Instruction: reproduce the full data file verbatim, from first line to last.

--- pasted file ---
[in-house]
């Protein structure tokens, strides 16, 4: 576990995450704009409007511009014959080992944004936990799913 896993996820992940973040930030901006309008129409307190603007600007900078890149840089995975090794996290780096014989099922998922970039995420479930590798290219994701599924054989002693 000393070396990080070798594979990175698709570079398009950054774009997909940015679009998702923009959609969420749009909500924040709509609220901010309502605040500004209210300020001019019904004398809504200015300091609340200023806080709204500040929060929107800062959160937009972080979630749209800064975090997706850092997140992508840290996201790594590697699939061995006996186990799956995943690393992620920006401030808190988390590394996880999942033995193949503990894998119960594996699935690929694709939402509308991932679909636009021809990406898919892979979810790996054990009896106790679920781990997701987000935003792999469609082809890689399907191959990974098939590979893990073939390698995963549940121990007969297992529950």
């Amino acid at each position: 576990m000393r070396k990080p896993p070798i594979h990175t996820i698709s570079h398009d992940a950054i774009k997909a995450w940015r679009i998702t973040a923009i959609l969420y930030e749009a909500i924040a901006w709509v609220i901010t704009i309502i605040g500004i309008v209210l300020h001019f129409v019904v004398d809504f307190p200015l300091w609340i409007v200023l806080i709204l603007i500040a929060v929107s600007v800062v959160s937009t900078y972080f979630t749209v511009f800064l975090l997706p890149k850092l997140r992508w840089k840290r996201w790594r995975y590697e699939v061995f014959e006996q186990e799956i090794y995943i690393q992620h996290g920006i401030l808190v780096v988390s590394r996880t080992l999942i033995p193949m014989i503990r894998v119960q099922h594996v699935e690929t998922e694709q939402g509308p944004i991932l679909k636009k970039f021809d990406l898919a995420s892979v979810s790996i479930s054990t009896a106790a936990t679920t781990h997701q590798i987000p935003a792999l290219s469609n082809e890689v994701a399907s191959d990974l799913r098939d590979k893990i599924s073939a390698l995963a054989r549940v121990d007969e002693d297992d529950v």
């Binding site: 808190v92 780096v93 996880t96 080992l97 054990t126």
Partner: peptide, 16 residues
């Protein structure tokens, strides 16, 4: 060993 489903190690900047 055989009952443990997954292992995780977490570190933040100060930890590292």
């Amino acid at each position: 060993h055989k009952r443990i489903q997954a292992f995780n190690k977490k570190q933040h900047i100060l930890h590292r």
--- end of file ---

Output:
[in-house]
């Protein structure tokens, strides 16, 4: 576990995450704009409007511009014959080992944004936990799913 896993996820992940973040930030901006309008129409307190603007600007900078890149840089995975090794996290780096014989099922998922970039995420479930590798290219994701599924054989002693 000393070396990080070798594979990175698709570079398009950054774009997909940015679009998702923009959609969420749009909500924040709509609220901010309502605040500004209210300020001019019904004398809504200015300091609340200023806080709204500040929060929107800062959160937009972080979630749209800064975090997706850092997140992508840290996201790594590697699939061995006996186990799956995943690393992620920006401030808190988390590394996880999942033995193949503990894998119960594996699935690929694709939402509308991932679909636009021809990406898919892979979810790996054990009896106790679920781990997701987000935003792999469609082809890689399907191959990974098939590979893990073939390698995963549940121990007969297992529950």
């Amino acid at each position: 576990m000393r070396k990080p896993p070798i594979h990175t996820i698709s570079h398009d992940a950054i774009k997909a995450w940015r679009i998702t973040a923009i959609l969420y930030e749009a909500i924040a901006w709509v609220i901010t704009i309502i605040g500004i309008v209210l300020h001019f129409v019904v004398d809504f307190p200015l300091w609340i409007v200023l806080i709204l603007i500040a929060v929107s600007v800062v959160s937009t900078y972080f979630t749209v511009f800064l975090l997706p890149k850092l997140r992508w840089k840290r996201w790594r995975y590697e699939v061995f014959e006996q186990e799956i090794y995943i690393q992620h996290g920006i401030l808190v780096v988390s590394r996880t080992l999942i033995p193949m014989i503990r894998v119960q099922h594996v699935e690929t998922e694709q939402g509308p944004i991932l679909k636009k970039f021809d990406l898919a995420s892979v979810s790996i479930s054990t009896a106790a936990t679920t781990h997701q590798i987000p935003a792999l290219s469609n082809e890689v994701a399907s191959d990974l799913r098939d590979k893990i599924s073939a390698l995963a054989r549940v121990d007969e002693d297992d529950v």
């Binding site: 808190v92 780096v93 996880t96 080992l97 054990t126």
Partner: peptide, 16 residues
């Protein structure tokens, strides 16, 4: 060993 489903190690900047 055989009952443990997954292992995780977490570190933040100060930890590292």
């Amino acid at each position: 060993h055989k009952r443990i489903q997954a292992f995780n190690k977490k570190q933040h900047i100060l930890h590292r």